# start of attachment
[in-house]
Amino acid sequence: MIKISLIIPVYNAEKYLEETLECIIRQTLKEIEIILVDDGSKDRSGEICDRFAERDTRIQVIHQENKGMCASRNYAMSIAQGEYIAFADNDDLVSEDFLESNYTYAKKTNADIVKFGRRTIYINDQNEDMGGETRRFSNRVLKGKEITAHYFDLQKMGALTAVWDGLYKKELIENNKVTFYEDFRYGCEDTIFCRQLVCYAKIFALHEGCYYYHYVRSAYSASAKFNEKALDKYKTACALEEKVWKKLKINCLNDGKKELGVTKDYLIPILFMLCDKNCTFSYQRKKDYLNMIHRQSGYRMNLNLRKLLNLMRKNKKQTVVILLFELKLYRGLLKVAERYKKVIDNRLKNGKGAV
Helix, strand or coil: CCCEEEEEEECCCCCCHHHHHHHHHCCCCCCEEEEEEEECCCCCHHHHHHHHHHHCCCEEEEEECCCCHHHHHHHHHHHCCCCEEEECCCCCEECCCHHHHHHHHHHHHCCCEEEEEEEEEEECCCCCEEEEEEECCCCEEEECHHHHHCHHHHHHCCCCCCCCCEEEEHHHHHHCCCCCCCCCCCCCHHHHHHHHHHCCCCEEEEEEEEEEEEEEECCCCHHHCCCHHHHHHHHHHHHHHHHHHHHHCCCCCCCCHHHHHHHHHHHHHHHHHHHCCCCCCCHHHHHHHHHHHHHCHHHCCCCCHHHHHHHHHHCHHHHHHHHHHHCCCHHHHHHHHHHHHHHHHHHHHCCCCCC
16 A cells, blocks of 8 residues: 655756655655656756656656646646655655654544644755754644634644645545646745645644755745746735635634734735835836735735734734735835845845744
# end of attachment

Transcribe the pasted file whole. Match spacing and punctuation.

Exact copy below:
[in-house]
Amino acid sequence: MIKISLIIPVYNAEKYLEETLECIIRQTLKEIEIILVDDGSKDRSGEICDRFAERDTRIQVIHQENKGMCASRNYAMSIAQGEYIAFADNDDLVSEDFLESNYTYAKKTNADIVKFGRRTIYINDQNEDMGGETRRFSNRVLKGKEITAHYFDLQKMGALTAVWDGLYKKELIENNKVTFYEDFRYGCEDTIFCRQLVCYAKIFALHEGCYYYHYVRSAYSASAKFNEKALDKYKTACALEEKVWKKLKINCLNDGKKELGVTKDYLIPILFMLCDKNCTFSYQRKKDYLNMIHRQSGYRMNLNLRKLLNLMRKNKKQTVVILLFELKLYRGLLKVAERYKKVIDNRLKNGKGAV
Helix, strand or coil: CCCEEEEEEECCCCCCHHHHHHHHHCCCCCCEEEEEEEECCCCCHHHHHHHHHHHCCCEEEEEECCCCHHHHHHHHHHHCCCCEEEECCCCCEECCCHHHHHHHHHHHHCCCEEEEEEEEEEECCCCCEEEEEEECCCCEEEECHHHHHCHHHHHHCCCCCCCCCEEEEHHHHHHCCCCCCCCCCCCCHHHHHHHHHHCCCCEEEEEEEEEEEEEEECCCCHHHCCCHHHHHHHHHHHHHHHHHHHHHCCCCCCCCHHHHHHHHHHHHHHHHHHHCCCCCCCHHHHHHHHHHHHHCHHHCCCCCHHHHHHHHHHCHHHHHHHHHHHCCCHHHHHHHHHHHHHHHHHHHHCCCCCC
16 A cells, blocks of 8 residues: 655756655655656756656656646646655655654544644755754644634644645545646745645644755745746735635634734735835836735735734734735835845845744